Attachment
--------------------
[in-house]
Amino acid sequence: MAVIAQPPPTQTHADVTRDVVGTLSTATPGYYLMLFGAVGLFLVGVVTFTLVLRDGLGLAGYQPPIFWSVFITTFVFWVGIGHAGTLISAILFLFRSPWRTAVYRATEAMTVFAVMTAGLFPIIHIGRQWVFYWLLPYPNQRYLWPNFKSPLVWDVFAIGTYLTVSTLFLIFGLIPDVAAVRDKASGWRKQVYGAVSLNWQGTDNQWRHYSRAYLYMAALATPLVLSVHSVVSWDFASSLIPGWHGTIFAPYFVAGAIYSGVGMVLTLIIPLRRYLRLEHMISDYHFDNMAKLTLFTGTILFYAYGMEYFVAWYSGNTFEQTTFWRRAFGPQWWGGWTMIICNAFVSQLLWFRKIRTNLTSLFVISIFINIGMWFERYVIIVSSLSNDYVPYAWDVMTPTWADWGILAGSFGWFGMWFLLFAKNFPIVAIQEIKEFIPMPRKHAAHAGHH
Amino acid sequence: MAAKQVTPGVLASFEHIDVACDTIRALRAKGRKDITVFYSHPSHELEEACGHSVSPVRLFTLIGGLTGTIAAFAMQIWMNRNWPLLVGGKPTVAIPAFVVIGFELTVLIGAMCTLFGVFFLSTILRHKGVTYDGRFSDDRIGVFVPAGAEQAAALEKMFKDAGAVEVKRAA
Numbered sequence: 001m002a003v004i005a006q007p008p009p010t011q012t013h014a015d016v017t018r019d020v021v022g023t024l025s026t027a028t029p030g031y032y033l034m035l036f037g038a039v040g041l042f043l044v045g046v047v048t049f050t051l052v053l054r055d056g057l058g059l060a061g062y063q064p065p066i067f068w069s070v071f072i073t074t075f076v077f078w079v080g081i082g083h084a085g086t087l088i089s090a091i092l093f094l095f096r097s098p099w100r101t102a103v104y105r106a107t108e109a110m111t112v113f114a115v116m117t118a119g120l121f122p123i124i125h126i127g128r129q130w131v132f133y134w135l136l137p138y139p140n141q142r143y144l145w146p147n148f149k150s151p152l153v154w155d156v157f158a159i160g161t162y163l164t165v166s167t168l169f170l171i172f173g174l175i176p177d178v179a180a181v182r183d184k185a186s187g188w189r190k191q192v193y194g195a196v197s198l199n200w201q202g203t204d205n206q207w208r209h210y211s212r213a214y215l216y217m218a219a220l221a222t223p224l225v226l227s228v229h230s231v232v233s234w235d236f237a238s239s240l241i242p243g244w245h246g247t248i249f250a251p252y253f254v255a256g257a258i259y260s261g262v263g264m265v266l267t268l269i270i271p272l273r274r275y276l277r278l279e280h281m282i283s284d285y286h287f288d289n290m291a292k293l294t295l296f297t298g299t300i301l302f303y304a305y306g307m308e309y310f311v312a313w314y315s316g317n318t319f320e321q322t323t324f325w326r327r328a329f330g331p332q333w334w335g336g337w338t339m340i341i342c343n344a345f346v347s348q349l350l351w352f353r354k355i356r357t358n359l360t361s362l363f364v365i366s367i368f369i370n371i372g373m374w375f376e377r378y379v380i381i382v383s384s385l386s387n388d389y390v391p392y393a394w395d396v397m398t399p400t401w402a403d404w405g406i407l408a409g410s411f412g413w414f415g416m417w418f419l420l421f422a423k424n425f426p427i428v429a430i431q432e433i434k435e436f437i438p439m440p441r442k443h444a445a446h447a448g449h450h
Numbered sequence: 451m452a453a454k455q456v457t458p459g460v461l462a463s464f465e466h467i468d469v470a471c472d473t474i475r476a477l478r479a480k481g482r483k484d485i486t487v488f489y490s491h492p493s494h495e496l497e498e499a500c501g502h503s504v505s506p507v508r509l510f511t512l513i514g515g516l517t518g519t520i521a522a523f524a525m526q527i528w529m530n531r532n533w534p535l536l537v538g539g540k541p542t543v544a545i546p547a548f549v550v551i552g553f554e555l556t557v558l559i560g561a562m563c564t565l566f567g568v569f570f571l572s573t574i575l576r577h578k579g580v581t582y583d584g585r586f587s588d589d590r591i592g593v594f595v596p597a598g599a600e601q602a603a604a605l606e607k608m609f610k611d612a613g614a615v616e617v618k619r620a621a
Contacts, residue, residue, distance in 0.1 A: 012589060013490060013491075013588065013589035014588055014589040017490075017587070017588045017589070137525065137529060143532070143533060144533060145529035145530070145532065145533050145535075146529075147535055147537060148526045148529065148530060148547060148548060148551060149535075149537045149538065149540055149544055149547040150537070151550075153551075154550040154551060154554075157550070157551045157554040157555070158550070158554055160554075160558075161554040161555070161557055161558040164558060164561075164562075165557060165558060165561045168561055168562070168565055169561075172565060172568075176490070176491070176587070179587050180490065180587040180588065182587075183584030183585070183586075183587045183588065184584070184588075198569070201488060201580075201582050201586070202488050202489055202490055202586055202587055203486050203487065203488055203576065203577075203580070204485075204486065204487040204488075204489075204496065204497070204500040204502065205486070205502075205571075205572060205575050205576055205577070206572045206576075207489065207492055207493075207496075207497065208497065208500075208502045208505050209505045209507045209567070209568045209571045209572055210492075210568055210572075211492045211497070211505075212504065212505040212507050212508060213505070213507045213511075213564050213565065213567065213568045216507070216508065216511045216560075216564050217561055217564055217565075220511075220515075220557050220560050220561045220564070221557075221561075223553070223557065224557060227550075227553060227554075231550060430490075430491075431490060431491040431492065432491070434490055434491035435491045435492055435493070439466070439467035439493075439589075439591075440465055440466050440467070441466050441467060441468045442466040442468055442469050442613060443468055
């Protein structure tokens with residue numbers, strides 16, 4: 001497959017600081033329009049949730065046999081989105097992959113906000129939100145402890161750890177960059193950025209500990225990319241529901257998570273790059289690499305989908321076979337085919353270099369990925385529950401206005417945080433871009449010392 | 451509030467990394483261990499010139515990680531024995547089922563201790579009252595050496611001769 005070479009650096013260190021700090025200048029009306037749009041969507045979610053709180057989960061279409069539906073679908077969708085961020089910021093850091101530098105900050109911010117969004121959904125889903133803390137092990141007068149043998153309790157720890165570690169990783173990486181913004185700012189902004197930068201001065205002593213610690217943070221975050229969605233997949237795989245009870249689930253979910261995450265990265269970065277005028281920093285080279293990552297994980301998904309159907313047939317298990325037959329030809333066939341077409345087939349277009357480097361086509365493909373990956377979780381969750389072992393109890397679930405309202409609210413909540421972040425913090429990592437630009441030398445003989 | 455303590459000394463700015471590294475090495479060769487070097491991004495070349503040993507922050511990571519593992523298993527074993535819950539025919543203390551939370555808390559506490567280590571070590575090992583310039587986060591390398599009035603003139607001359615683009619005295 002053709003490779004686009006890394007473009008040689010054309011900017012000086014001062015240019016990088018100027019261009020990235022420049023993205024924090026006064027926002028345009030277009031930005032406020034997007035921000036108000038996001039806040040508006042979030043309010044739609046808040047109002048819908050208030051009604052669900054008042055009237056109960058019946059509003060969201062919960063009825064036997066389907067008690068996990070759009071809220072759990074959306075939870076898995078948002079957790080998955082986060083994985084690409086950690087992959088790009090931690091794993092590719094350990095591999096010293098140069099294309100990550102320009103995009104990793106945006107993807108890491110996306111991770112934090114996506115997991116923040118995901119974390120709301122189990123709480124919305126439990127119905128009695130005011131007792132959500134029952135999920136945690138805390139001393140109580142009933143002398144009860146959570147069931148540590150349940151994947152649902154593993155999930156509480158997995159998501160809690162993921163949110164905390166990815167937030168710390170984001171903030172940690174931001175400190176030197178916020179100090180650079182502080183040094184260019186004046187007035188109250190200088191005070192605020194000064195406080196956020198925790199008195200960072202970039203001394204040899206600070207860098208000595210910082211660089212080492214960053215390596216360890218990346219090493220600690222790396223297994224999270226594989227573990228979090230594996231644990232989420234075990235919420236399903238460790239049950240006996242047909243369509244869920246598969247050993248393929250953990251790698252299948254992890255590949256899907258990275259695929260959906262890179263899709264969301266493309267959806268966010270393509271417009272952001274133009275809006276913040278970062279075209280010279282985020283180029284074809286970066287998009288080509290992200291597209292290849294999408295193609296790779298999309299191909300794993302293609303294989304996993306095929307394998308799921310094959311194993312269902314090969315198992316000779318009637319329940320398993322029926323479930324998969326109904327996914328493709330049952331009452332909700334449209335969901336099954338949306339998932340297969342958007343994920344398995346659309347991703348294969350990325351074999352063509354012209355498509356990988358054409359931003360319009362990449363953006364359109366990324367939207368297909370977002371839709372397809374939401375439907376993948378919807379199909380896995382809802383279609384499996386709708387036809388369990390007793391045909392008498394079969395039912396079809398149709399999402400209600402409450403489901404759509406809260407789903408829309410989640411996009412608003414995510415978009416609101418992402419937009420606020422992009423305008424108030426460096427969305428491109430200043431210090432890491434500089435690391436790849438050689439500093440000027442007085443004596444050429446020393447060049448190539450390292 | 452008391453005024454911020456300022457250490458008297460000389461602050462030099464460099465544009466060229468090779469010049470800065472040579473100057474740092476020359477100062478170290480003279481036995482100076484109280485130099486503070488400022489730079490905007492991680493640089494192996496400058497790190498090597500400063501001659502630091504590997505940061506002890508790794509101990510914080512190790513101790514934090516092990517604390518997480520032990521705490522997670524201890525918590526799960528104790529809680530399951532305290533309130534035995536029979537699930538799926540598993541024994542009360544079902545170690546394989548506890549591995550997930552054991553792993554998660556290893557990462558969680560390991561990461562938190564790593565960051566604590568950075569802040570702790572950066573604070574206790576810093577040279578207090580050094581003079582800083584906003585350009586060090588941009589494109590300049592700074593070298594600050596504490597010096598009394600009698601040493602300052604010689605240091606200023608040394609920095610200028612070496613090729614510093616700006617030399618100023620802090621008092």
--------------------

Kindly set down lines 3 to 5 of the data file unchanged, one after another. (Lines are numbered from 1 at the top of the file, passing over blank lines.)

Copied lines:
Amino acid sequence: MAAKQVTPGVLASFEHIDVACDTIRALRAKGRKDITVFYSHPSHELEEACGHSVSPVRLFTLIGGLTGTIAAFAMQIWMNRNWPLLVGGKPTVAIPAFVVIGFELTVLIGAMCTLFGVFFLSTILRHKGVTYDGRFSDDRIGVFVPAGAEQAAALEKMFKDAGAVEVKRAA
Numbered sequence: 001m002a003v004i005a006q007p008p009p010t011q012t013h014a015d016v017t018r019d020v021v022g023t024l025s026t027a028t029p030g031y032y033l034m035l036f037g038a039v040g041l042f043l044v045g046v047v048t049f050t051l052v053l054r055d056g057l058g059l060a061g062y063q064p065p066i067f068w069s070v071f072i073t074t075f076v077f078w079v080g081i082g083h084a085g086t087l088i089s090a091i092l093f094l095f096r097s098p099w100r101t102a103v104y105r106a107t108e109a110m111t112v113f114a115v116m117t118a119g120l121f122p123i124i125h126i127g128r129q130w131v132f133y134w135l136l137p138y139p140n141q142r143y144l145w146p147n148f149k150s151p152l153v154w155d156v157f158a159i160g161t162y163l164t165v166s167t168l169f170l171i172f173g174l175i176p177d178v179a180a181v182r183d184k185a186s187g188w189r190k191q192v193y194g195a196v197s198l199n200w201q202g203t204d205n206q207w208r209h210y211s212r213a214y215l216y217m218a219a220l221a222t223p224l225v226l227s228v229h230s231v232v233s234w235d236f237a238s239s240l241i242p243g244w245h246g247t248i249f250a251p252y253f254v255a256g257a258i259y260s261g262v263g264m265v266l267t268l269i270i271p272l273r274r275y276l277r278l279e280h281m282i283s284d285y286h287f288d289n290m291a292k293l294t295l296f297t298g299t300i301l302f303y304a305y306g307m308e309y310f311v312a313w314y315s316g317n318t319f320e321q322t323t324f325w326r327r328a329f330g331p332q333w334w335g336g337w338t339m340i341i342c343n344a345f346v347s348q349l350l351w352f353r354k355i356r357t358n359l360t361s362l363f364v365i366s367i368f369i370n371i372g373m374w375f376e377r378y379v380i381i382v383s384s385l386s387n388d389y390v391p392y393a394w395d396v397m398t399p400t401w402a403d404w405g406i407l408a409g410s411f412g413w414f415g416m417w418f419l420l421f422a423k424n425f426p427i428v429a430i431q432e433i434k435e436f437i438p439m440p441r442k443h444a445a446h447a448g449h450h
Numbered sequence: 451m452a453a454k455q456v457t458p459g460v461l462a463s464f465e466h467i468d469v470a471c472d473t474i475r476a477l478r479a480k481g482r483k484d485i486t487v488f489y490s491h492p493s494h495e496l497e498e499a500c501g502h503s504v505s506p507v508r509l510f511t512l513i514g515g516l517t518g519t520i521a522a523f524a525m526q527i528w529m530n531r532n533w534p535l536l537v538g539g540k541p542t543v544a545i546p547a548f549v550v551i552g553f554e555l556t557v558l559i560g561a562m563c564t565l566f567g568v569f570f571l572s573t574i575l576r577h578k579g580v581t582y583d584g585r586f587s588d589d590r591i592g593v594f595v596p597a598g599a600e601q602a603a604a605l606e607k608m609f610k611d612a613g614a615v616e617v618k619r620a621a